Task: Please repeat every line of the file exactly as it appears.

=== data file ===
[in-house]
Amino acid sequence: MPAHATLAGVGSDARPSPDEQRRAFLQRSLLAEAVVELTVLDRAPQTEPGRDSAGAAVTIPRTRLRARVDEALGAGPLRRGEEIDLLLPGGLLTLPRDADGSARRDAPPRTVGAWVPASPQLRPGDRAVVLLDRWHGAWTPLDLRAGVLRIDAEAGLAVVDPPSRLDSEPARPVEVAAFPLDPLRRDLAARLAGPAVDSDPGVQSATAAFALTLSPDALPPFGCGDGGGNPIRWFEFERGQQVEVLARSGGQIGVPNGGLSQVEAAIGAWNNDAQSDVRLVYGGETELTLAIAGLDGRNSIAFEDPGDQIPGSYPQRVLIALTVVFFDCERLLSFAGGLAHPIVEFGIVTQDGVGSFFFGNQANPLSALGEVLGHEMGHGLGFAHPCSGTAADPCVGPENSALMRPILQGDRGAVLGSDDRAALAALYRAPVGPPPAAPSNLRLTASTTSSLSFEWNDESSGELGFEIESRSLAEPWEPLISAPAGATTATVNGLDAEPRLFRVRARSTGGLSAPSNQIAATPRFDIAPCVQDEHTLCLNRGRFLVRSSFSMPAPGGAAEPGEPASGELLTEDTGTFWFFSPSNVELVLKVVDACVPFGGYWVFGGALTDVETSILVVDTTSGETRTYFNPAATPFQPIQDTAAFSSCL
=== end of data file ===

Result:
[in-house]
Amino acid sequence: MPAHATLAGVGSDARPSPDEQRRAFLQRSLLAEAVVELTVLDRAPQTEPGRDSAGAAVTIPRTRLRARVDEALGAGPLRRGEEIDLLLPGGLLTLPRDADGSARRDAPPRTVGAWVPASPQLRPGDRAVVLLDRWHGAWTPLDLRAGVLRIDAEAGLAVVDPPSRLDSEPARPVEVAAFPLDPLRRDLAARLAGPAVDSDPGVQSATAAFALTLSPDALPPFGCGDGGGNPIRWFEFERGQQVEVLARSGGQIGVPNGGLSQVEAAIGAWNNDAQSDVRLVYGGETELTLAIAGLDGRNSIAFEDPGDQIPGSYPQRVLIALTVVFFDCERLLSFAGGLAHPIVEFGIVTQDGVGSFFFGNQANPLSALGEVLGHEMGHGLGFAHPCSGTAADPCVGPENSALMRPILQGDRGAVLGSDDRAALAALYRAPVGPPPAAPSNLRLTASTTSSLSFEWNDESSGELGFEIESRSLAEPWEPLISAPAGATTATVNGLDAEPRLFRVRARSTGGLSAPSNQIAATPRFDIAPCVQDEHTLCLNRGRFLVRSSFSMPAPGGAAEPGEPASGELLTEDTGTFWFFSPSNVELVLKVVDACVPFGGYWVFGGALTDVETSILVVDTTSGETRTYFNPAATPFQPIQDTAAFSSCL